The Beast is Out of the Cage: Minimax FS30 Initial Setup

by Patrick Harper - Blood, Sweat, and Sawdust

Minimax FS30

Last night, I powered up the Minimax FS30 Jointer/Planer for the first time.

The Minimax FS30 initial setup is straight forward.  Minimax secures everything to a wooden pallet.  They even nail down the fence and accessories.  The real trick is getting her off the pallet.  This thing is heavy.

I stacked 2 x 8 scraps next to the pallet and carefully walking her off.  Once on the scraps, I employed the help of my lovely wife.  Check out her blog at  We lowered the Minimax FS30 to the ground by lifting one side and removing a board until she was all the way down.

Removing cosmoline is the most tedious part of the process.  Anyone who has ever received large machinery knows what I’m talking about.  I removed most of the goop with a plastic putty knife.  I removed the rest with lots of rags and a liberal amount of mineral spirits.  With the goop removed, I gave the beds a light coat of Boeshield T-9 and a coat of paste wax.  Don’t forget to get into all the nooks and crannies.  The cutter head and in-feed rollers hide lots of the stuff.

The Minimax FS30 doesn’t come with a power cord, so you will have to make your own.  I used a 10-2 rubber coated cable and 30a twist lock connector.  Everything hooks up to a junction box on the side of the machine.  There are two hot junctions and a ground.  It doesn’t matter which hot wire goes to which hot terminal.  Just make sure you connect your ground wire to the green ground terminal.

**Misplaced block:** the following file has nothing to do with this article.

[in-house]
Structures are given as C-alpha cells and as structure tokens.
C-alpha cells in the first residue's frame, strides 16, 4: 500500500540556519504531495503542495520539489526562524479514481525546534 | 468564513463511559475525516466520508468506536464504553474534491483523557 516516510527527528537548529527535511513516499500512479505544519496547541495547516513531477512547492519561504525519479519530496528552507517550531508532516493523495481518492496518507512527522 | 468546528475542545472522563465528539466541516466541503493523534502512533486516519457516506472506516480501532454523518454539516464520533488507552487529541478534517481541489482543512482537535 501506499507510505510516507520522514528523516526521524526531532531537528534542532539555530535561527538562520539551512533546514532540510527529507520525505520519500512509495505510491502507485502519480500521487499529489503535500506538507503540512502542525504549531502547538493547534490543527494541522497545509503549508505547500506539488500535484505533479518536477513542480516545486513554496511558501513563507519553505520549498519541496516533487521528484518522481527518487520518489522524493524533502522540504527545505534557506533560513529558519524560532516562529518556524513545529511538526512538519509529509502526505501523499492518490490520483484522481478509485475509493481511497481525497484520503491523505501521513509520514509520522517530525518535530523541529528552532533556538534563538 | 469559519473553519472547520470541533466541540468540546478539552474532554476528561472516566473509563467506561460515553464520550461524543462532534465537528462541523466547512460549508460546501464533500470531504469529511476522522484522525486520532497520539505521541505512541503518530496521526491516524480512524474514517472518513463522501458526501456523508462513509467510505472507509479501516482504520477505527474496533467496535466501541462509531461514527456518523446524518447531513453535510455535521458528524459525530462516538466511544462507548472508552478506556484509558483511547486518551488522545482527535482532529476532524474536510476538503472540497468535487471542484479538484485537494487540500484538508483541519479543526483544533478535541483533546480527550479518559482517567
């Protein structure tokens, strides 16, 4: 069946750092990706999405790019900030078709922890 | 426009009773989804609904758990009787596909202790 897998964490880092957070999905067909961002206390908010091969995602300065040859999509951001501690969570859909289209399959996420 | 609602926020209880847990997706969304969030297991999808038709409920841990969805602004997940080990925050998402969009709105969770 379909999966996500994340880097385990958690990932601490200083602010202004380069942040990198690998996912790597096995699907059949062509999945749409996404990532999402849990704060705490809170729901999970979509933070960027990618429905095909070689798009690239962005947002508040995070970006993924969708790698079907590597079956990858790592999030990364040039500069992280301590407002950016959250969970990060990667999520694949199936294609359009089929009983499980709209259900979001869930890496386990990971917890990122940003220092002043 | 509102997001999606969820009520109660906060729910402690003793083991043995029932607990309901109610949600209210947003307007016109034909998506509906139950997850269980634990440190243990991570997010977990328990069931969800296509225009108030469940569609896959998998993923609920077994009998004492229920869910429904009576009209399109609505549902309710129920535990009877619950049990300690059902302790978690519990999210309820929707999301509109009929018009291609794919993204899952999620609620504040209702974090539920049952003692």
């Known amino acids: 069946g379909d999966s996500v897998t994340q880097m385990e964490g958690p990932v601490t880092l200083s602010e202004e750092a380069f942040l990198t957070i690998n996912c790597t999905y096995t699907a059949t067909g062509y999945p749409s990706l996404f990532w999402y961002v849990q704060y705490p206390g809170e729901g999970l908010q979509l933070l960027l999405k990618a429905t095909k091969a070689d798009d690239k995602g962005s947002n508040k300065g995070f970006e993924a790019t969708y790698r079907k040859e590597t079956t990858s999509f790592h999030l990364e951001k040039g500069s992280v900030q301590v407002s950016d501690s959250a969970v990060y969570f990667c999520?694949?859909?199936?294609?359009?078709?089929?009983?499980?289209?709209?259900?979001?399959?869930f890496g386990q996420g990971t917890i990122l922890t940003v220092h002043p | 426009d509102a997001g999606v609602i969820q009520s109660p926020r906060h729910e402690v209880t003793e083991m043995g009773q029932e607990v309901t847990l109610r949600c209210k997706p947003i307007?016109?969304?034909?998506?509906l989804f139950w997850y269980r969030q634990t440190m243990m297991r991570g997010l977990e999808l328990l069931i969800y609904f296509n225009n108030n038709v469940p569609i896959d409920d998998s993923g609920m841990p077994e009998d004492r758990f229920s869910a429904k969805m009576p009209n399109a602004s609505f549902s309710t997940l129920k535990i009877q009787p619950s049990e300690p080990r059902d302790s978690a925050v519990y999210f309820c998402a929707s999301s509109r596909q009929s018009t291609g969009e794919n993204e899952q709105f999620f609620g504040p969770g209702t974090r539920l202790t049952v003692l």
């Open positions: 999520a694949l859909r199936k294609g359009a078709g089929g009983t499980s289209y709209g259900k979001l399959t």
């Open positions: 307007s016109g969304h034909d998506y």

From there, it was just a matter of installing the knives and accessories.  These Tersa knives are great.  They install in a matter of seconds.

This thing purrs like an angry kitten.  I’m really impressed with the build quality.  The castings are beefy.  The base is constructed of heavy-duty sheet metal.  The fit and finish are excellent.  I haven’t been able to put her through the paces yet, but the initial cuts impressed me.  The only issues I’ve discovered is that the fence has a very small concavity along its width.  It’s very subtle and I don’t believe it will affect edge jointing in practice.

Stay tuned for a full review.